Soil degradation, in both quantity and quality, is a global problem, and the implications are pretty massive: the balance of our climate, ecosystems, food security, economy, and health are all on the line.
That’s because soil is so much more than dirt. In fact, soil in itself is a living system, a world of organisms with symbiotic relationships that support the growth of plants to feed us, recycle nutrients from decomposing plants, provide structure and water holding capacity to our land, control diseases and pests, and sequester carbon.
That is a pretty important job description and it’s up to us to ensure soil across the world can stay up to the task.
That’s where regenerative agriculture comes in. This approach to farming and grazing practices helps rebuild organic soil matter, restore soil biodiversity, enhance carbon drawdown, and improve the water cycle by leveraging the power of photosynthesis and ecological harmony below and above ground.
One of my favorite (and most visually stunning) examples of the power of regenerative agriculture at work can be seen in the new documentary The Biggest Little Farm, where a couple takes on a barren piece of land and creates a balanced abundance of life.
While there is often debate over the role of agricultural animals in climate change, they are in fact an essential piece to a productive and successful regenerative farm. When cattle are raised outdoors, grazing on pasture for the right amount of time (not overgrazing, which is another problem) they actually force the plants to draw more carbon into the soil as they regrow; as the cattle move to new pastures the process continues. These practices have been found to hold major potential for turning agriculture into a climate solution rather than a key source of the problem.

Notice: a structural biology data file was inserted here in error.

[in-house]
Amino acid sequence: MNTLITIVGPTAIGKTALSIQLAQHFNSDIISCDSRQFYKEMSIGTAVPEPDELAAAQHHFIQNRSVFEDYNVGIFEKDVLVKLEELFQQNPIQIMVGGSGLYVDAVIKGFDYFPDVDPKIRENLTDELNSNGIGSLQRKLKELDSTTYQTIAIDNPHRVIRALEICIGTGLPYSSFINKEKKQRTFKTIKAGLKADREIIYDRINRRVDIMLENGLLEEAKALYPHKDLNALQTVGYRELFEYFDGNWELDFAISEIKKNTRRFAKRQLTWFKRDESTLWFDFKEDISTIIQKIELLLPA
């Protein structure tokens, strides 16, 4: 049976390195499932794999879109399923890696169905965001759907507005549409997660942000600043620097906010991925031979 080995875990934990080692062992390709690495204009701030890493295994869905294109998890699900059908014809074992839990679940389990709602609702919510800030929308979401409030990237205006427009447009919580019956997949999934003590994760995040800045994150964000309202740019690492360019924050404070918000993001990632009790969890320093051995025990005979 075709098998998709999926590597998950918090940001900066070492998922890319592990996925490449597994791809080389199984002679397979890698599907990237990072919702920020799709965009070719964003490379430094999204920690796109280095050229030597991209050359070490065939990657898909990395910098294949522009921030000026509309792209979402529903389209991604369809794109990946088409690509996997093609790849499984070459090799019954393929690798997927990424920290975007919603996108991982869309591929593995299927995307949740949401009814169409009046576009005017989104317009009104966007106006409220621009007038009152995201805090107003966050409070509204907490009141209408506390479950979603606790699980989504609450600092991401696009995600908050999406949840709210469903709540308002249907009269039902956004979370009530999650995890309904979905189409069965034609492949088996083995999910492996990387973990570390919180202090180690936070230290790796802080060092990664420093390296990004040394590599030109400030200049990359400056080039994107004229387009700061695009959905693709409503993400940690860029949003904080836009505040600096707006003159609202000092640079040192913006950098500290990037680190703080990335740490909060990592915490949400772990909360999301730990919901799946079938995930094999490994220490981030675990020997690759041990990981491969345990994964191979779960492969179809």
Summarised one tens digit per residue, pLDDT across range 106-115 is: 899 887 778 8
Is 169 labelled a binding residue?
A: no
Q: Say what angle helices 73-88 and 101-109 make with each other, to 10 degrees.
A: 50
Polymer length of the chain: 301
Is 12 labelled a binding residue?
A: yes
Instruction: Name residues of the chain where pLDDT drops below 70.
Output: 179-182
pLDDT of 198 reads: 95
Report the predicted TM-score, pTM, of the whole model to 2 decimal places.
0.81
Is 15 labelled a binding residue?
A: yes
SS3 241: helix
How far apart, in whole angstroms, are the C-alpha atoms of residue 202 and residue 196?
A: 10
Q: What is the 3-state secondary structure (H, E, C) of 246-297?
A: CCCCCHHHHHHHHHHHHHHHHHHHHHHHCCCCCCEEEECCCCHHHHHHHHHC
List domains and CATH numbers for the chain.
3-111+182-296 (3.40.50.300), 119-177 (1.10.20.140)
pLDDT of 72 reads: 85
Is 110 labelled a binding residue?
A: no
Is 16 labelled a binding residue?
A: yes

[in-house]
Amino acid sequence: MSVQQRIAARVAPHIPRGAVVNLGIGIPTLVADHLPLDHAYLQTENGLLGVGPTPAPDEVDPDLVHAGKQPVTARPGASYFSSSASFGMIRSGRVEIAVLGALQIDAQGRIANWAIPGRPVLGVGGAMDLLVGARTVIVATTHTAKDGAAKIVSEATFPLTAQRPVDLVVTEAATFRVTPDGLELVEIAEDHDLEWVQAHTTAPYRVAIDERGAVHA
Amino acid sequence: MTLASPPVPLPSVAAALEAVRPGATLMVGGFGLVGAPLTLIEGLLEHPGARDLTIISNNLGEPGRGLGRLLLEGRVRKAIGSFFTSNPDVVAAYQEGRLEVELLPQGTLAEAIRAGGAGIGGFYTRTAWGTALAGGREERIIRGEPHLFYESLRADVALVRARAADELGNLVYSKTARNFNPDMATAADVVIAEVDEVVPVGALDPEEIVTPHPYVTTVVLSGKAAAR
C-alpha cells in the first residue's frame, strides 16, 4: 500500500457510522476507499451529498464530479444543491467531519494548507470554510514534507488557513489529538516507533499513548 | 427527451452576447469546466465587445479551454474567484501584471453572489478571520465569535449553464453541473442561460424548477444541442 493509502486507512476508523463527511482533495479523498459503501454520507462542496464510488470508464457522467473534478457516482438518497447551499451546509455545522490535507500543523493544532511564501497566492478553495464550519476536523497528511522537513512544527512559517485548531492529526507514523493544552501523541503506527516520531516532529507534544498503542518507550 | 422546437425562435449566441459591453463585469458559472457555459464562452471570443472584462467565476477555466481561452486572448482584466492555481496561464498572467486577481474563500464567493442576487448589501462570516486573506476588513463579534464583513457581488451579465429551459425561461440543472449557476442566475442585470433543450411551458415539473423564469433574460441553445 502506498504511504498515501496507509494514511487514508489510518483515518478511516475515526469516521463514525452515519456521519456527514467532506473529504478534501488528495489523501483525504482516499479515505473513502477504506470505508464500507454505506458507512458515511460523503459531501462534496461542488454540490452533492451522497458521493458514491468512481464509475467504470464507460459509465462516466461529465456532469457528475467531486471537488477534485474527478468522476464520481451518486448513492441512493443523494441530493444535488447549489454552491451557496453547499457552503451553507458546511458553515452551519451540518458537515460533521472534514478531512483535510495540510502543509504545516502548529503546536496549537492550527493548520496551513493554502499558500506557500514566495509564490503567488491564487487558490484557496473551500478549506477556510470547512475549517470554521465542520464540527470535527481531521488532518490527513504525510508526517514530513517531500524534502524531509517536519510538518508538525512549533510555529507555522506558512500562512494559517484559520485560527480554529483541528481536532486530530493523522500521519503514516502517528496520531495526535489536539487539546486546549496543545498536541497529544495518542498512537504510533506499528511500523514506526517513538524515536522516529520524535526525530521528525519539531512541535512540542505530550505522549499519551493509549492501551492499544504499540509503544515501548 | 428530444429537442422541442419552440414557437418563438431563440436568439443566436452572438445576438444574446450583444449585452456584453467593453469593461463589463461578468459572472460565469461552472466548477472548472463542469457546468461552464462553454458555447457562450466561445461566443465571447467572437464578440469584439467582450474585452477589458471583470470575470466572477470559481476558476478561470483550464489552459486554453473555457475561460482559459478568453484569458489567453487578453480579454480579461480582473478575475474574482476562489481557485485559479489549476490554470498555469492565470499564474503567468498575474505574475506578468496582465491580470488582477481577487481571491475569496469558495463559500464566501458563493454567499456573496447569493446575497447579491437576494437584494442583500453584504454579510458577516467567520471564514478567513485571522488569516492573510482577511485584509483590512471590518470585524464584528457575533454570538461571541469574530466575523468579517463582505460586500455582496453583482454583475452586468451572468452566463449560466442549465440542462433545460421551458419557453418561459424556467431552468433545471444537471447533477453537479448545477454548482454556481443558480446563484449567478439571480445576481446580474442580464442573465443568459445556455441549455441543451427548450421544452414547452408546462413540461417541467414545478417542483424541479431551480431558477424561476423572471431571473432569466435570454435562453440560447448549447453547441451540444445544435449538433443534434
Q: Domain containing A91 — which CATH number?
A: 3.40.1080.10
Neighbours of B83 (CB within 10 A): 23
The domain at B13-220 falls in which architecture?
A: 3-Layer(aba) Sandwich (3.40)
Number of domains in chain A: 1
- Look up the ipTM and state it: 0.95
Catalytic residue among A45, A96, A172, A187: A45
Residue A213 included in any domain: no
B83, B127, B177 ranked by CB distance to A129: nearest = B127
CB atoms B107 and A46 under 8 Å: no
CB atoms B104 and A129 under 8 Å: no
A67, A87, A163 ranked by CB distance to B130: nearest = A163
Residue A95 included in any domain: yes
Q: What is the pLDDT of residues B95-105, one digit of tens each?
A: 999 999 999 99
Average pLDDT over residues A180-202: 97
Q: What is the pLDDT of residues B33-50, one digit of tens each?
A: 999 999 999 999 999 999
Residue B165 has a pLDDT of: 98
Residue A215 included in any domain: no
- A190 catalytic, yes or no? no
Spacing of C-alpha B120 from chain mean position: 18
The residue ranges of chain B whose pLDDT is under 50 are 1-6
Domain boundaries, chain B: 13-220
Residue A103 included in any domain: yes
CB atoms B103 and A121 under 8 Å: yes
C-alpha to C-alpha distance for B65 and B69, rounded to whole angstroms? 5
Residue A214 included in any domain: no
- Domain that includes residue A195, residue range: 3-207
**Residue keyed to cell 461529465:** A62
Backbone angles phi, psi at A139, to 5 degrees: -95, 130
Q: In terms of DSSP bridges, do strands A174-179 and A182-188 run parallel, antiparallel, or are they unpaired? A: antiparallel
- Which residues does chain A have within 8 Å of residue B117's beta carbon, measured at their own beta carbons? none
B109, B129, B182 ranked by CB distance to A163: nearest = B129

Last week I was excited to dig into this topic further, with my friend Tom Newmark who joined me on The Doctor’s Farmacy. Since leaving his position as CEO of New Chapter, a whole-food supplements company, Tom has focused on environmental activism with specific attention on regenerative agriculture.
He is the co-owner of Finca Luna Nueva Lodge, an organic and biodynamic farm and ecolodge in the mountainous rainforest of Costa Rica that teaches regenerative agriculture, and is also the co-founder and board chair of The Carbon Underground and co-founder of the Soil Carbon Initiative. Throughout our talk, Tom shares why regenerative agriculture is imperative for healing our soils and how well-managed livestock can play an essential role in that system.
If you’re interested in learning more about saving our soils through the power of regenerative agriculture I urge you to tune in to this fascinating episode.
Wishing you health and happiness,
Mark Hyman, MD